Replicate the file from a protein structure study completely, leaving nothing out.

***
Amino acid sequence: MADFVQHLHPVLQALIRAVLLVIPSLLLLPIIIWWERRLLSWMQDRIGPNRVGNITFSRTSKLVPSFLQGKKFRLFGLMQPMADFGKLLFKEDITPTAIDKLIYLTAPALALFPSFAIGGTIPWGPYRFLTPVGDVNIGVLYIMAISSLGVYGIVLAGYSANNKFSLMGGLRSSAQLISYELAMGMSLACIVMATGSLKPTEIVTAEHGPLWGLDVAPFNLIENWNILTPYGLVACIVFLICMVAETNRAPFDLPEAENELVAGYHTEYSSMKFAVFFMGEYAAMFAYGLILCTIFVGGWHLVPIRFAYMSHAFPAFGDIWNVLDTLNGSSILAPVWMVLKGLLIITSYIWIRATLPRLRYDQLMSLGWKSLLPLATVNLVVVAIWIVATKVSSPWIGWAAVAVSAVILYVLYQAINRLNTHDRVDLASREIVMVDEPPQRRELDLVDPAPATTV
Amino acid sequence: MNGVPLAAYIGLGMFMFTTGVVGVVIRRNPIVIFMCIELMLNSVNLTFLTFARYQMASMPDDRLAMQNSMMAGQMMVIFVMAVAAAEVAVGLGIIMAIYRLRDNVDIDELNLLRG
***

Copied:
Amino acid sequence: MADFVQHLHPVLQALIRAVLLVIPSLLLLPIIIWWERRLLSWMQDRIGPNRVGNITFSRTSKLVPSFLQGKKFRLFGLMQPMADFGKLLFKEDITPTAIDKLIYLTAPALALFPSFAIGGTIPWGPYRFLTPVGDVNIGVLYIMAISSLGVYGIVLAGYSANNKFSLMGGLRSSAQLISYELAMGMSLACIVMATGSLKPTEIVTAEHGPLWGLDVAPFNLIENWNILTPYGLVACIVFLICMVAETNRAPFDLPEAENELVAGYHTEYSSMKFAVFFMGEYAAMFAYGLILCTIFVGGWHLVPIRFAYMSHAFPAFGDIWNVLDTLNGSSILAPVWMVLKGLLIITSYIWIRATLPRLRYDQLMSLGWKSLLPLATVNLVVVAIWIVATKVSSPWIGWAAVAVSAVILYVLYQAINRLNTHDRVDLASREIVMVDEPPQRRELDLVDPAPATTV
Amino acid sequence: MNGVPLAAYIGLGMFMFTTGVVGVVIRRNPIVIFMCIELMLNSVNLTFLTFARYQMASMPDDRLAMQNSMMAGQMMVIFVMAVAAAEVAVGLGIIMAIYRLRDNVDIDELNLLRG